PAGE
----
Good governance is essential in delivering the basic human rights to water and sanitation. Working with governments, we make a lasting difference.

WaterAid and governance

To reach everyone, everywhere with clean water, decent toilets and good hygiene by 2030, we need strong political decision-making and the systems in place to turn policies into real change. Good water, sanitation and hygiene (WASH) governance involves making the right decisions for the sector, and implementing them effectively.

In many of the countries where we work, efforts to improve WASH services are held back by poor governance and infrastructure. Political and social factors often cause resources to be spread unequally across districts, regions and states. Even within well served areas, poor, marginalised and vulnerable people can be excluded from services.

Working together with national and local governments, we make a lasting difference to people’s lives. Thorough planning, good coordination and effective monitoring are all critical, and therefore a key focus of our work.

Building a strong WASH sector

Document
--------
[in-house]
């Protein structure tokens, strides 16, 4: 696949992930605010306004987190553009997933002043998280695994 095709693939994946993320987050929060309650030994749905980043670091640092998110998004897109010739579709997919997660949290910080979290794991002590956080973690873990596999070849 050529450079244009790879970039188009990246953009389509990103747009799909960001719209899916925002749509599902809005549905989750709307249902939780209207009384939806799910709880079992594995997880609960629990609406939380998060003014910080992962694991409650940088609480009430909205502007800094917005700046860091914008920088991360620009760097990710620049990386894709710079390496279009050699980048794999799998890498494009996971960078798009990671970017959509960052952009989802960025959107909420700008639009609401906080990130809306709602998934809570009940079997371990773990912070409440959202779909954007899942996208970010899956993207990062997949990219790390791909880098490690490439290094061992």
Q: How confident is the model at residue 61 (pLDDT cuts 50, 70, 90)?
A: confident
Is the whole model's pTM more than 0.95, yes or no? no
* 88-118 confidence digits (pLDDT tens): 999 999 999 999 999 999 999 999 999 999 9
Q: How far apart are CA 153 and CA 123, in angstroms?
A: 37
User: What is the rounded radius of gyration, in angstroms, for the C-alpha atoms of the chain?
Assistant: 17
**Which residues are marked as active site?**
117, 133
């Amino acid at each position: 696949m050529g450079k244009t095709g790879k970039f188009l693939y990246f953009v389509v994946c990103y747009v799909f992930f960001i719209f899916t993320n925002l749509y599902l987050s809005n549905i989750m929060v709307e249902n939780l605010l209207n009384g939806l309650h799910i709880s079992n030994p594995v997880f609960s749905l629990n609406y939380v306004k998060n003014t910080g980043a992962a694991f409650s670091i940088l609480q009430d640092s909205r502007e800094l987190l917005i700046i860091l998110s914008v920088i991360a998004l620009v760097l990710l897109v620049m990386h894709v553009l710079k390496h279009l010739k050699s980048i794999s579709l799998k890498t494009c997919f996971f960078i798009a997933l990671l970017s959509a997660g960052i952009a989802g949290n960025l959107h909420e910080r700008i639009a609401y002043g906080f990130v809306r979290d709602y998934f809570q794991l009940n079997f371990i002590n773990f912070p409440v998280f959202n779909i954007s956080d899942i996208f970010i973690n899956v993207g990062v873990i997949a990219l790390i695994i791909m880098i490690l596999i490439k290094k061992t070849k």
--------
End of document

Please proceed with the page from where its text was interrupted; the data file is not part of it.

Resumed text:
Reaching everyone with lasting access to clean water, decent sanitation and good hygiene (WASH) requires us to work together with governments to strengthen the systems and capacities that are essential to improving sector performance.

Ranjit, 15, says easy water accessibility is very important for the girls specially during period in the school. Janata Higher Secondary School, Golbazaar, Siraha, Nepal, Feb 2017. WaterAid/Mani Karmacharya

Our approach

Improving sector governance is central to making clean water, decent toilets and good hygiene normal for everyone, everywhere. We work with governments and local partners and help build their capacity to improve services and keep them running.

Through our combined policy, practice and advocacy work, we strengthen the sector and drive change nationally and globally. Our WASH projects in the poorest communities, combined with our wider policy and research work, mean we can make a difference beyond the immediate areas of our programme interventions.

The rights to water and sanitation are enshrined in international law, as affirmed by the UN Human Rights Council. In addition to working with governments to build sector capacity, we empower citizens to hold their states accountable for delivering these essential services and realising their basic human rights.

Resources

Explore our governance publications and resources

News and blogs 

Opinion pieces and discussions relating to governance